The Swimmer

John Cheever

The Swimmer

John Cheever

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The Swimmer Summary

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Originally published in The New Yorker magazine (1964), John Cheever’s short story “The Swimmer” is the moderately surreal story of a swimmer who decides to take a dip in every pool in his county and a statement about suburban America.

On an ordinary Sunday afternoon in the suburbs, Neddy and Lucinda Merrill and Helen and Donald Westerhazy are sitting around the Westerhazy’s pool drinking and taking in the sun. Neddy feels young and happy. He is so happy as he thinks of all the friends that lay ahead of him, he decides that he will swim across all the pools in the county to get home. He leaves the Westerhazys’ pool and walks to the neighbor’s house.

The neighbors are the Grahams. He swims across their pool and has a drink before continuing to the Hammers’ pool and then several others. He reaches the Bunkers’ pool, and here, Enid tells him she is happy he could come to the party after all. He has another drink and moves on.

When he reaches the Levys’, they are not home, but he swims across their pool and helps himself to a drink. A storm hits, and as he waits it out in the gazebo, he notices that there are red and yellow leaves blowing across the yard.

When he arrives at the Lindley’s pool, he sees that their yard is thick and overgrown. He cannot remember hearing if they were going to be traveling for the summer. The Welchers’ pool has been drained, and there is a for sale sign in front of their house, which he finds strange. He cannot remember when he last heard from them, and he wonders if he has just repressed a memory.

Neddy waits for a long time, trying to cross the highway, and people yell at him while he waits. He knows that he should head back to the Westerhazy’s house, but he cannot bring himself to turn around. He finally crosses and enters a public pool. He is repulsed by the crowd and the over-chlorination.

When he arrives at the Hallorans’, he takes off his trunks because he knows they enjoy being naked. They greet him and tell him that they are sorry for all his misfortunes. He denies that anything has happened and leaves. He feels weak and smells burning wood. He wishes for a whiskey to warm him up.

Next, he reaches Helen and Eric Sachses’ pool, but they inform him that Eric hasnot had a drink since the surgery three years ago. Neddy has no memory of this, but he wishes them well and moves on. At the Biswangers’, he walks into their party. He has always been invited to their parties, but he never attends because they are of a lower social standing than he is. Now, they treat him coldly and hint that something has happened in his social circle. He overhears someone mention something about losing money and asking for a loan.

He reaches the pool of Shirley Adams, a former mistress of his. He cannot remember when the affair ended, but when she sees him, she tells him that she cannot give him any more money, and she cannot give him a drink because someone is there already. He swims across her pool, but he has trouble getting out and has to use the ladder. He smells fall flowers.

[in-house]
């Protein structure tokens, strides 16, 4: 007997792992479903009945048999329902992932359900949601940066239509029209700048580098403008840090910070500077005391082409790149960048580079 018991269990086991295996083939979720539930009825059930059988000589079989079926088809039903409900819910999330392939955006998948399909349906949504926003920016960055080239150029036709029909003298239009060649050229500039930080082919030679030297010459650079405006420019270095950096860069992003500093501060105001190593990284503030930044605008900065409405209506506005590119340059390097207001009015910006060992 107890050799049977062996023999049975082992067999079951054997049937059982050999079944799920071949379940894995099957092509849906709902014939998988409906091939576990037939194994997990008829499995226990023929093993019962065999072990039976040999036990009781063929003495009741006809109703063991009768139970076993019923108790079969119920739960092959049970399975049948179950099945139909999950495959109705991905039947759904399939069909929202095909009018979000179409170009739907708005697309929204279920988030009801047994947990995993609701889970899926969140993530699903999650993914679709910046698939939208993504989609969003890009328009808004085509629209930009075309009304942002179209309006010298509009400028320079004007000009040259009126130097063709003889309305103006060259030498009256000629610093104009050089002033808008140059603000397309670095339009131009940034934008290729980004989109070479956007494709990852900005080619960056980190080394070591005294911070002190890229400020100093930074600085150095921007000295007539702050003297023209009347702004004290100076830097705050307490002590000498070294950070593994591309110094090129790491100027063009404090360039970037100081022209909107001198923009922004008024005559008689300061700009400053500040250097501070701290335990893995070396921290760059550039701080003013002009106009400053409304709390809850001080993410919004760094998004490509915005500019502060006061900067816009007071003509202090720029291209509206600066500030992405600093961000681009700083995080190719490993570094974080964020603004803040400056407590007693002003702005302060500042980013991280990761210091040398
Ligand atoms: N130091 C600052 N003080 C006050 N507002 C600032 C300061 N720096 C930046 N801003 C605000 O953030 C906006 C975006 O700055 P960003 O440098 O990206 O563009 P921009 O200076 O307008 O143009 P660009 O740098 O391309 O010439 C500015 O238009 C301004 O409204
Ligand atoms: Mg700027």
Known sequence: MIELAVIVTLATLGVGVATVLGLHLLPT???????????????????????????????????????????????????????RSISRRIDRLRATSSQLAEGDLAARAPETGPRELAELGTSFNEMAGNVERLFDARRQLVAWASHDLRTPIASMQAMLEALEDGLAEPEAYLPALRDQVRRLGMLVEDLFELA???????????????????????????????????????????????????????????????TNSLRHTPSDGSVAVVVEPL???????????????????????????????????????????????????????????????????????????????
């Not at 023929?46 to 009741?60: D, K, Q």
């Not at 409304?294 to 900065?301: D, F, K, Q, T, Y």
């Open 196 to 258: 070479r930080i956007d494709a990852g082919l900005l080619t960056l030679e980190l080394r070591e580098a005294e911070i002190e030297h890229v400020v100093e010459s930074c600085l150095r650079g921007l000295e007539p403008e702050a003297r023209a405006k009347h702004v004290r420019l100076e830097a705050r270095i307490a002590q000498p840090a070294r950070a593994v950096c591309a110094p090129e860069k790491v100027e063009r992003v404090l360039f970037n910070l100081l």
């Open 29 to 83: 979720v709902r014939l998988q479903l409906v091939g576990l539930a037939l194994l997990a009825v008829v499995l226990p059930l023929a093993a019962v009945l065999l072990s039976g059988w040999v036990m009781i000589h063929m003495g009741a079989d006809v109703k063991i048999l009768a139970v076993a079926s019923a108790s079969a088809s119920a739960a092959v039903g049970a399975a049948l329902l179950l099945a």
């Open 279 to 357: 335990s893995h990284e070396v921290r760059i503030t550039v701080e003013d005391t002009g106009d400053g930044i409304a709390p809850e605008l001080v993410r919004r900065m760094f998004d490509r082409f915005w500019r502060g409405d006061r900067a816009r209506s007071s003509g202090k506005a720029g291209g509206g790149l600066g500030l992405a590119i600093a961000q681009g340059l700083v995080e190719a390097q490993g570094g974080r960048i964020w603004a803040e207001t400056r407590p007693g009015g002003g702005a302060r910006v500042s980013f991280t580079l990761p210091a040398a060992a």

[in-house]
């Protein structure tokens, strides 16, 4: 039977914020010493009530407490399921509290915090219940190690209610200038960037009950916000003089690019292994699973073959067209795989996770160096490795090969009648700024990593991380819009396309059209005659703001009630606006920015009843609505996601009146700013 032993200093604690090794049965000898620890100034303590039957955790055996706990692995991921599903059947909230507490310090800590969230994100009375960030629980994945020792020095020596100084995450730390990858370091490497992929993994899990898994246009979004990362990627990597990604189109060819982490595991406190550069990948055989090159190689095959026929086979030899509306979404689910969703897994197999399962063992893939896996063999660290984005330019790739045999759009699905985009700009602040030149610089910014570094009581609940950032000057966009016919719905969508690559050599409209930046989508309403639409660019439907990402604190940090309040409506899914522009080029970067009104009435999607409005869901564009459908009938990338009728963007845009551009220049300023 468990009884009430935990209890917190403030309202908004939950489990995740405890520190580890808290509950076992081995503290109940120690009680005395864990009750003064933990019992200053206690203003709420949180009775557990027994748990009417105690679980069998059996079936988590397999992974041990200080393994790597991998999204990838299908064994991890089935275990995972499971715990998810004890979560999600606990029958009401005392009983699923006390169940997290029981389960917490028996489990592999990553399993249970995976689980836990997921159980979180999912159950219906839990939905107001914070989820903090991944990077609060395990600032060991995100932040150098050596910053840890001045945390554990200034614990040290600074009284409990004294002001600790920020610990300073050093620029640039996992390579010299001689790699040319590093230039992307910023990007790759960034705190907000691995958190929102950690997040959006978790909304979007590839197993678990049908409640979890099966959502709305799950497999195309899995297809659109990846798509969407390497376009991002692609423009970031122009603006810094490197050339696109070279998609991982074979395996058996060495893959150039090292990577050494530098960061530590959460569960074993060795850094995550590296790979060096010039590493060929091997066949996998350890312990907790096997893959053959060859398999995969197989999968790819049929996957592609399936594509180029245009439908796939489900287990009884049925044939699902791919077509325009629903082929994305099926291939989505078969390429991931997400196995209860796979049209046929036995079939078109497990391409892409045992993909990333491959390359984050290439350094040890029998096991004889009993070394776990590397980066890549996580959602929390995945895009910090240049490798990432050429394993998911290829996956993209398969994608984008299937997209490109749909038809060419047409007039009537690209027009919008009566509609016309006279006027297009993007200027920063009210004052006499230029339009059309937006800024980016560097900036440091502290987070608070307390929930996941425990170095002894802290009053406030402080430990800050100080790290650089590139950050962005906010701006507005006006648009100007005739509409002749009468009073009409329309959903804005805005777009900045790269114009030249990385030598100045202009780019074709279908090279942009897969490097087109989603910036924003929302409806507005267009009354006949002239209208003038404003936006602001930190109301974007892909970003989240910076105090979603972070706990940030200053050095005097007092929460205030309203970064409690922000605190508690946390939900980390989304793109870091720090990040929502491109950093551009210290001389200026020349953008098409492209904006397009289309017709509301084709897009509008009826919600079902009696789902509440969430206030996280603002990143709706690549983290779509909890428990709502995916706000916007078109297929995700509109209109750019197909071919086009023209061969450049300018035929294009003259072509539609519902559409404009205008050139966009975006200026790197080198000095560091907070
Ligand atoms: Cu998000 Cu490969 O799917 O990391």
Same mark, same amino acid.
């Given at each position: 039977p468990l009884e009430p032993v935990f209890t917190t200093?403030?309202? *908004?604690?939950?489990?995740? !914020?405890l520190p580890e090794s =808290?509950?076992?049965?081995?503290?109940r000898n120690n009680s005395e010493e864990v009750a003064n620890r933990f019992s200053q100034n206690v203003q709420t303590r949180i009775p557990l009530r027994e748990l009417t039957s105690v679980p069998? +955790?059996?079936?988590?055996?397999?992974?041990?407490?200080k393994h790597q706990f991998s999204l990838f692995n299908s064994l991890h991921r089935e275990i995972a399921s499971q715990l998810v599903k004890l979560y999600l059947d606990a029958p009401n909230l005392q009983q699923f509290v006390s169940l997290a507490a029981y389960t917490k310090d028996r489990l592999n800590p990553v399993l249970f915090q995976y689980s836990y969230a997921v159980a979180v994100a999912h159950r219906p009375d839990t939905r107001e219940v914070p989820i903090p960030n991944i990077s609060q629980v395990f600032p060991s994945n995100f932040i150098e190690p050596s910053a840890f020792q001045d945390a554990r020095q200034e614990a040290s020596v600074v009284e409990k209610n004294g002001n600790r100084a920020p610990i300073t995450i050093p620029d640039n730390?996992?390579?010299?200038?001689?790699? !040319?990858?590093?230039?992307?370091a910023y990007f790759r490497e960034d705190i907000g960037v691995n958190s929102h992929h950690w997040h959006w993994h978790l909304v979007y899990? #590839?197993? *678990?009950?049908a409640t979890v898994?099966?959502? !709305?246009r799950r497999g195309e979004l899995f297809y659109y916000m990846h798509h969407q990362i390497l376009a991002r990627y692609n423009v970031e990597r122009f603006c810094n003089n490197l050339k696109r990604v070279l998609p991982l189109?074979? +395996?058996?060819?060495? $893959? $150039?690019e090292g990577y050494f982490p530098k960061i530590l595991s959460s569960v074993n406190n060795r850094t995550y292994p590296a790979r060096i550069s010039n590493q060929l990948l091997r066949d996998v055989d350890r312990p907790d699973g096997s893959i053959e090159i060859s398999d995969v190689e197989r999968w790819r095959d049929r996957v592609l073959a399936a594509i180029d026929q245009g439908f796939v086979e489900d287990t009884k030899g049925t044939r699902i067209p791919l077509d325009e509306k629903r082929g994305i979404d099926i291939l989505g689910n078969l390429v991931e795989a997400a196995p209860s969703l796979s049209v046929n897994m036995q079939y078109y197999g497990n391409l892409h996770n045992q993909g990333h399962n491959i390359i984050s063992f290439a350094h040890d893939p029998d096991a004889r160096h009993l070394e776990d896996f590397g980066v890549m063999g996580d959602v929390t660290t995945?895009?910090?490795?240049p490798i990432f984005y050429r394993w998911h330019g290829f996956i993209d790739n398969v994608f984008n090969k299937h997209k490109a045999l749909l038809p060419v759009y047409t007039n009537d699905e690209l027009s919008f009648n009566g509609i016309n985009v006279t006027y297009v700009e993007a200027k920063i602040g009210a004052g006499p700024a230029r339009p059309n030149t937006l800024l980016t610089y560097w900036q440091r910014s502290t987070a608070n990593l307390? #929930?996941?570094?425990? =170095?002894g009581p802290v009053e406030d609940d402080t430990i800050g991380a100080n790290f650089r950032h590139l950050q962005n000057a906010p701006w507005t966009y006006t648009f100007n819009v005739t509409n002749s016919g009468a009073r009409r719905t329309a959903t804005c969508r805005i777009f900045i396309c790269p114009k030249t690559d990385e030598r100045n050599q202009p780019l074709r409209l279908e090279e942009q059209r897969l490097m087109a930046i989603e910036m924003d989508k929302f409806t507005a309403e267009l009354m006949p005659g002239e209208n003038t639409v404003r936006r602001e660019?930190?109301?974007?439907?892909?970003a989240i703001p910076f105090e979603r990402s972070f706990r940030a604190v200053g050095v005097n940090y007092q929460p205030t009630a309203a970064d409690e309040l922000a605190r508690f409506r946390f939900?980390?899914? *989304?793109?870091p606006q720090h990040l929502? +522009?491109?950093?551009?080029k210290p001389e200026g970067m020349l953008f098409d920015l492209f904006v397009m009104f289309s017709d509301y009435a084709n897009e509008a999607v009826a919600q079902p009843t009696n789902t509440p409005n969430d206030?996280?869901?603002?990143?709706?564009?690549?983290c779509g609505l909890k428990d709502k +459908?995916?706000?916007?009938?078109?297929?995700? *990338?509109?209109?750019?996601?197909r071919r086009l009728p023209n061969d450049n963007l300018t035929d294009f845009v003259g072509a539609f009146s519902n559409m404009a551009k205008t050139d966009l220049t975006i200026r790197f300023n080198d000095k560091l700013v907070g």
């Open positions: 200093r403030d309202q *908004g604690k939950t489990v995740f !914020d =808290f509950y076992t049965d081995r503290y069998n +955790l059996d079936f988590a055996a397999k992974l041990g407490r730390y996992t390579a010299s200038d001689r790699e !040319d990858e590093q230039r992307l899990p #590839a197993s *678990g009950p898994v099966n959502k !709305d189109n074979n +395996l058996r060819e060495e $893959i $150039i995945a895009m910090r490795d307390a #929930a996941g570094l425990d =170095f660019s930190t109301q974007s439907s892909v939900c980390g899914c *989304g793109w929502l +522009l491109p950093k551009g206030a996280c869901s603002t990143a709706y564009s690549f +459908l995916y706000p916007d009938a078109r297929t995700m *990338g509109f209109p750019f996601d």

He is cold and confused now, and he begins to cry, the first time since childhood. He finally reaches his own house, but he cannot get inside. All the lights are off, and no one is home. He finally looks into the window and sees that the entire house is empty.

The story is a surreal look at the inevitable passage of time. Neddy is in such denial about time passing that he acts young while lounging and diving at the Westerhazys’ pool. As he begins his journey across the pools in his county, we see time speeding up. Neddy has been in complete denial of change.The afternoon at the Westerhazys’ must have seemed as though everything would remain the way it was. Once he leaves, it becomes apparent that he has denied change to his detriment. His social status changes, friends change and experience hardship. He is no longer healthy and young. He has trouble, in the end, reconciling his weakened state with reality, and when he finally arrives, his own house is empty.

Arriving at his dark home forces him to confront the fact that time has passed. Up to this point, he has gone through life behaving as though everything would last forever. His friends have grown up and dealt with this change, but he has refused. By the end, there is no one to greet him when he gets home.

It is also a testament to the emptiness of suburbia. The suburbs were supposed to bring happiness and contentment to whoever moved in, but instead, the houses hide discontent and heartache. There is sickness, status changes, fortunes made and lost. Everyone is looking for meaning, but instead drink and lie around the pool. This shallow existence doesnot allow one to examine the meaning of one’s life, and again, once Neddy is faced with his dark, empty house, he fully realizes how empty his existence has been.

The story has been praised for its use of allegory, and for its subtle surrealism. The exploration of suburban America feels familiar, and Cheever manages to illustrate the shallowness of our existence through the use of a favorite pastime, the backyard pool. It is a subtle look into the trickery of our denial, and the ways we convince ourselves that time will stop for us.
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